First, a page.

Send home paper and crayons or colored pencils for children to draw a picture of a tooth healthy food they eat at home.
Display children’s drawings of tooth healthy foods on a bulletin board or display wall.
Look for pictures of foods in magazines for children to cut out and glue onto large pieces of butcher paper. Label each food Tooth Healthy or Not Tooth Healthy or help them sort to make two different collages.
Include pretend tooth healthy foods in the dramatic play area of your classroom or turn your dramatic play center into a healthy foods store or market. (See Healthy Food Market page 52.)
Print the names of tooth healthy foods onto 3” × 5” cards and add them to your writing center for children to copy or use in writing stories. Add a line drawing or picture of the food to help children understand the meaning.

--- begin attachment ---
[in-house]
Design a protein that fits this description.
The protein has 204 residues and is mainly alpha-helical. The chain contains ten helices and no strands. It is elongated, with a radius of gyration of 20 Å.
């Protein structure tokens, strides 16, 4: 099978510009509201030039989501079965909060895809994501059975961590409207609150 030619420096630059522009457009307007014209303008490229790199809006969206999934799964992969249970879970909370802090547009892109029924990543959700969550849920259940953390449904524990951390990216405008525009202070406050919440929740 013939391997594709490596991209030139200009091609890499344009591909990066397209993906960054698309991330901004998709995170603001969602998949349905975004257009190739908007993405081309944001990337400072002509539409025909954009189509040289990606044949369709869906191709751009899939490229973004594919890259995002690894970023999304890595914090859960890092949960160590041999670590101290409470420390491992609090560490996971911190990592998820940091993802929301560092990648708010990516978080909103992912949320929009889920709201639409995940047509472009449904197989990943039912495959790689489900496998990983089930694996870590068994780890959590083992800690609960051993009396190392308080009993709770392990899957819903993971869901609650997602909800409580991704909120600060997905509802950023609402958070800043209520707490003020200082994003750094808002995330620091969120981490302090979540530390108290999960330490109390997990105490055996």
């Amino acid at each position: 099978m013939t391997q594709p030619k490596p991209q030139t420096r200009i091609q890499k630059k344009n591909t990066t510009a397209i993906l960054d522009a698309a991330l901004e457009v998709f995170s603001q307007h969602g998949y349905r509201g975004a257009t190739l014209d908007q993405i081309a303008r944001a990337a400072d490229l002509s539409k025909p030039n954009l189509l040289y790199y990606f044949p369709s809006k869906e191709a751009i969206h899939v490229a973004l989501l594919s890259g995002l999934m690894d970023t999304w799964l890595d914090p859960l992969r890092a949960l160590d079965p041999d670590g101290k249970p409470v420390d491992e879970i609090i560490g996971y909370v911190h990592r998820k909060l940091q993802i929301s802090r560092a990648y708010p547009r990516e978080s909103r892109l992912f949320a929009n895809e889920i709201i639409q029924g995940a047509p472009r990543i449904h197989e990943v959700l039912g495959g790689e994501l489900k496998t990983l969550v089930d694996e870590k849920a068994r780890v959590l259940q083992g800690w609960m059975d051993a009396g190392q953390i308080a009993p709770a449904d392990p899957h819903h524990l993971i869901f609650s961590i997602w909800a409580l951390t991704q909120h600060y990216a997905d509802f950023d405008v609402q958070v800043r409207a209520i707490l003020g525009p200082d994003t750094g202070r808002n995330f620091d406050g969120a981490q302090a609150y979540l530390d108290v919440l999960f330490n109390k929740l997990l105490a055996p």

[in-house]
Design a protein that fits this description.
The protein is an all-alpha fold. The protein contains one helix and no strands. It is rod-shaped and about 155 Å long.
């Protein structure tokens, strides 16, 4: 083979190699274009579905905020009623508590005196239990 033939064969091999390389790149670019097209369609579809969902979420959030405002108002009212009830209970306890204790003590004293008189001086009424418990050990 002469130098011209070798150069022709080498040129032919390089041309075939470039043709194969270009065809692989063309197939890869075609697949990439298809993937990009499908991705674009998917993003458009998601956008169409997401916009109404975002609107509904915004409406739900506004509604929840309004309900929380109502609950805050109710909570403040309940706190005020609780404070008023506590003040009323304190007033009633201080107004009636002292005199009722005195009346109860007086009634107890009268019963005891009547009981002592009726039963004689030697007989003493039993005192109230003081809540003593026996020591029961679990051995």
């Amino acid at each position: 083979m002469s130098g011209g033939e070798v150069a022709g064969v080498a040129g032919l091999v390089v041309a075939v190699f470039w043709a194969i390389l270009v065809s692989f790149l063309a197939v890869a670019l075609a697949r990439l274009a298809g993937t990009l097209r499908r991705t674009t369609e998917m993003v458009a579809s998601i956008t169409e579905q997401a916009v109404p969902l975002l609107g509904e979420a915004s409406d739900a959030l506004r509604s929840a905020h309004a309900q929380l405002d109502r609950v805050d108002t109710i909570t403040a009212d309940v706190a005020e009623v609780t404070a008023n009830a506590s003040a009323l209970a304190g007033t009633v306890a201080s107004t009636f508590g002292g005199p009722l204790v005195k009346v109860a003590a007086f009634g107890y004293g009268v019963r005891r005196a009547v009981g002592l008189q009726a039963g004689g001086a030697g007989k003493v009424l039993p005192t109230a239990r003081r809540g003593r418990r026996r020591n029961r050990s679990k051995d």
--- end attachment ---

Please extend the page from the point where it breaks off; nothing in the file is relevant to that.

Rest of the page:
At Meals and Snacks
Establish a regular menu of tooth healthy foods for meals and snacks in your classroom.
Ask: “What is the tastiest tooth healthy food on your plate?”
When introducing a new healthy food at meals let children know what it is. Talk about what kind of food it is, what it tastes like, what its texture is, and that it is healthy for their teeth. Model trying this food.
While Brushing Teeth
Use both old and new songs to reinforce concepts about oral health. Changing songs adds new interest to your daily routines.
For individual transitions, ask each child: “What is a type of tooth healthy foods that starts with the letter (_)?” (Example: T—tomato) “What is a tooth healthy food that is the color (___)?” (Example: red—apple) “What is a fruit that is shaped like a (_____)?” (Example: sphere—orange).
While a group is waiting to go outside or to come into the classroom, sing “Old McDonald Had A Food Farm” from the Circle Time Lesson on page 50. Replace animals and animal sounds in the song with foods and food sounds.